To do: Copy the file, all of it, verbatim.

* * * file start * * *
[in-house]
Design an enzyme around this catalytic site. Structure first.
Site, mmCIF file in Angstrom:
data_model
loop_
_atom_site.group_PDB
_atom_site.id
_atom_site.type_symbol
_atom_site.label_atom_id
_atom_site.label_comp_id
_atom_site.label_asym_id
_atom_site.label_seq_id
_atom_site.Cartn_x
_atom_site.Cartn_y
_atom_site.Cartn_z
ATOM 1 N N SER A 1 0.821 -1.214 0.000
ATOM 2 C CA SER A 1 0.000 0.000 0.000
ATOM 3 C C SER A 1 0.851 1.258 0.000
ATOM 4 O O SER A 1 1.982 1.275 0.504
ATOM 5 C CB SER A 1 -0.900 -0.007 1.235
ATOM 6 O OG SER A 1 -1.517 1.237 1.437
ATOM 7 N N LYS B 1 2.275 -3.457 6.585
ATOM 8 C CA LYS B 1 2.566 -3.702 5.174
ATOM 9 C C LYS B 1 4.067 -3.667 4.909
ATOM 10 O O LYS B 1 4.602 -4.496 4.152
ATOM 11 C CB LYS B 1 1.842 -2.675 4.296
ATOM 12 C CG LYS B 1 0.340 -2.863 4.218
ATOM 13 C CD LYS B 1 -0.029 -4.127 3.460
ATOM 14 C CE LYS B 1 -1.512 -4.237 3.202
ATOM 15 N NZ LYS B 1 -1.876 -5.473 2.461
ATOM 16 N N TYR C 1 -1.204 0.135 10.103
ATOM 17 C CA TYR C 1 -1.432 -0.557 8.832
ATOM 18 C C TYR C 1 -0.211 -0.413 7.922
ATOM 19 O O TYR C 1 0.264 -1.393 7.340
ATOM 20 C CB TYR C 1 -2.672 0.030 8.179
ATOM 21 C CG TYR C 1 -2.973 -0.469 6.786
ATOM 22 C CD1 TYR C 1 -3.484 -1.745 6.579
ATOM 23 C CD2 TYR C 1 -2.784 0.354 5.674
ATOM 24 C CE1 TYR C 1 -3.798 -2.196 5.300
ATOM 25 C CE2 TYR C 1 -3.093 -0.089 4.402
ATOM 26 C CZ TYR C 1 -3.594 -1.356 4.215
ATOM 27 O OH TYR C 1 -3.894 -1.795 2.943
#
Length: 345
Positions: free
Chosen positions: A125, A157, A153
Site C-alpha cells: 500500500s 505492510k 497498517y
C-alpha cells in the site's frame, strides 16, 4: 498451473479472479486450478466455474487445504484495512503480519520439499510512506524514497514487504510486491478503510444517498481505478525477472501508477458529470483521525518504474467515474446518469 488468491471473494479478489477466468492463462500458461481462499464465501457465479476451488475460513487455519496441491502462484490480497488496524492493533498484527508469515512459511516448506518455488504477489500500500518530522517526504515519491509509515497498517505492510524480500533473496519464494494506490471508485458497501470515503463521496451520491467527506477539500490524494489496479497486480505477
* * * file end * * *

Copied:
[in-house]
Design an enzyme around this catalytic site. Structure first.
Site, mmCIF file in Angstrom:
data_model
loop_
_atom_site.group_PDB
_atom_site.id
_atom_site.type_symbol
_atom_site.label_atom_id
_atom_site.label_comp_id
_atom_site.label_asym_id
_atom_site.label_seq_id
_atom_site.Cartn_x
_atom_site.Cartn_y
_atom_site.Cartn_z
ATOM 1 N N SER A 1 0.821 -1.214 0.000
ATOM 2 C CA SER A 1 0.000 0.000 0.000
ATOM 3 C C SER A 1 0.851 1.258 0.000
ATOM 4 O O SER A 1 1.982 1.275 0.504
ATOM 5 C CB SER A 1 -0.900 -0.007 1.235
ATOM 6 O OG SER A 1 -1.517 1.237 1.437
ATOM 7 N N LYS B 1 2.275 -3.457 6.585
ATOM 8 C CA LYS B 1 2.566 -3.702 5.174
ATOM 9 C C LYS B 1 4.067 -3.667 4.909
ATOM 10 O O LYS B 1 4.602 -4.496 4.152
ATOM 11 C CB LYS B 1 1.842 -2.675 4.296
ATOM 12 C CG LYS B 1 0.340 -2.863 4.218
ATOM 13 C CD LYS B 1 -0.029 -4.127 3.460
ATOM 14 C CE LYS B 1 -1.512 -4.237 3.202
ATOM 15 N NZ LYS B 1 -1.876 -5.473 2.461
ATOM 16 N N TYR C 1 -1.204 0.135 10.103
ATOM 17 C CA TYR C 1 -1.432 -0.557 8.832
ATOM 18 C C TYR C 1 -0.211 -0.413 7.922
ATOM 19 O O TYR C 1 0.264 -1.393 7.340
ATOM 20 C CB TYR C 1 -2.672 0.030 8.179
ATOM 21 C CG TYR C 1 -2.973 -0.469 6.786
ATOM 22 C CD1 TYR C 1 -3.484 -1.745 6.579
ATOM 23 C CD2 TYR C 1 -2.784 0.354 5.674
ATOM 24 C CE1 TYR C 1 -3.798 -2.196 5.300
ATOM 25 C CE2 TYR C 1 -3.093 -0.089 4.402
ATOM 26 C CZ TYR C 1 -3.594 -1.356 4.215
ATOM 27 O OH TYR C 1 -3.894 -1.795 2.943
#
Length: 345
Positions: free
Chosen positions: A125, A157, A153
Site C-alpha cells: 500500500s 505492510k 497498517y
C-alpha cells in the site's frame, strides 16, 4: 498451473479472479486450478466455474487445504484495512503480519520439499510512506524514497514487504510486491478503510444517498481505478525477472501508477458529470483521525518504474467515474446518469 488468491471473494479478489477466468492463462500458461481462499464465501457465479476451488475460513487455519496441491502462484490480497488496524492493533498484527508469515512459511516448506518455488504477489500500500518530522517526504515519491509509515497498517505492510524480500533473496519464494494506490471508485458497501470515503463521496451520491467527506477539500490524494489496479497486480505477